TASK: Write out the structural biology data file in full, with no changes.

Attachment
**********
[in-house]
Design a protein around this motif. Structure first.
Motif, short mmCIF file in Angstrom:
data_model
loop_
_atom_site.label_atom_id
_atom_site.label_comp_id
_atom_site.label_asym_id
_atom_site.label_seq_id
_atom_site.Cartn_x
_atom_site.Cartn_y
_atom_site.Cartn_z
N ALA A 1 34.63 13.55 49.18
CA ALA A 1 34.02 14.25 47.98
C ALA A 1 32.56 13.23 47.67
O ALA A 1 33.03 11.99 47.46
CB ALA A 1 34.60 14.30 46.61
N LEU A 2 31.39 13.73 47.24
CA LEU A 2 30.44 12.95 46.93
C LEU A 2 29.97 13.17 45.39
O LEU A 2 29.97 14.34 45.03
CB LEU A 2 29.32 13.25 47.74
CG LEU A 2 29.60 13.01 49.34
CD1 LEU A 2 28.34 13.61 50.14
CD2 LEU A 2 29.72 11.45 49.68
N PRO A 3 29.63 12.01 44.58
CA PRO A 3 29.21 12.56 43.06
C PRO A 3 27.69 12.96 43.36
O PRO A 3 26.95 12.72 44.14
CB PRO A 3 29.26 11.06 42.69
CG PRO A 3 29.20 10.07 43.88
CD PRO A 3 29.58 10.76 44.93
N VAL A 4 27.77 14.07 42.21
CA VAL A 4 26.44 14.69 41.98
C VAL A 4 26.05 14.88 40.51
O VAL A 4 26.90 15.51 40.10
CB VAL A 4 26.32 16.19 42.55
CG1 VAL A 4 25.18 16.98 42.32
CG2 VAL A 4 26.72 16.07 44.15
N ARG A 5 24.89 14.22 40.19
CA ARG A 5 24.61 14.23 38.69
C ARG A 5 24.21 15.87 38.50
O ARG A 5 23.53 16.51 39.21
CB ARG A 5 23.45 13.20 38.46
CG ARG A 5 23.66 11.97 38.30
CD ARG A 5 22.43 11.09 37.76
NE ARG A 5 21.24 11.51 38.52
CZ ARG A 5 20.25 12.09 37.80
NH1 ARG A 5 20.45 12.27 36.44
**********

[in-house]
Design a protein around this motif. Structure first.
Motif, short mmCIF file in Angstrom:
data_model
loop_
_atom_site.label_atom_id
_atom_site.label_comp_id
_atom_site.label_asym_id
_atom_site.label_seq_id
_atom_site.Cartn_x
_atom_site.Cartn_y
_atom_site.Cartn_z
N ALA A 1 34.63 13.55 49.18
CA ALA A 1 34.02 14.25 47.98
C ALA A 1 32.56 13.23 47.67
O ALA A 1 33.03 11.99 47.46
CB ALA A 1 34.60 14.30 46.61
N LEU A 2 31.39 13.73 47.24
CA LEU A 2 30.44 12.95 46.93
C LEU A 2 29.97 13.17 45.39
O LEU A 2 29.97 14.34 45.03
CB LEU A 2 29.32 13.25 47.74
CG LEU A 2 29.60 13.01 49.34
CD1 LEU A 2 28.34 13.61 50.14
CD2 LEU A 2 29.72 11.45 49.68
N PRO A 3 29.63 12.01 44.58
CA PRO A 3 29.21 12.56 43.06
C PRO A 3 27.69 12.96 43.36
O PRO A 3 26.95 12.72 44.14
CB PRO A 3 29.26 11.06 42.69
CG PRO A 3 29.20 10.07 43.88
CD PRO A 3 29.58 10.76 44.93
N VAL A 4 27.77 14.07 42.21
CA VAL A 4 26.44 14.69 41.98
C VAL A 4 26.05 14.88 40.51
O VAL A 4 26.90 15.51 40.10
CB VAL A 4 26.32 16.19 42.55
CG1 VAL A 4 25.18 16.98 42.32
CG2 VAL A 4 26.72 16.07 44.15
N ARG A 5 24.89 14.22 40.19
CA ARG A 5 24.61 14.23 38.69
C ARG A 5 24.21 15.87 38.50
O ARG A 5 23.53 16.51 39.21
CB ARG A 5 23.45 13.20 38.46
CG ARG A 5 23.66 11.97 38.30
CD ARG A 5 22.43 11.09 37.76
NE ARG A 5 21.24 11.51 38.52
CZ ARG A 5 20.25 12.09 37.80
NH1 ARG A 5 20.45 12.27 36.44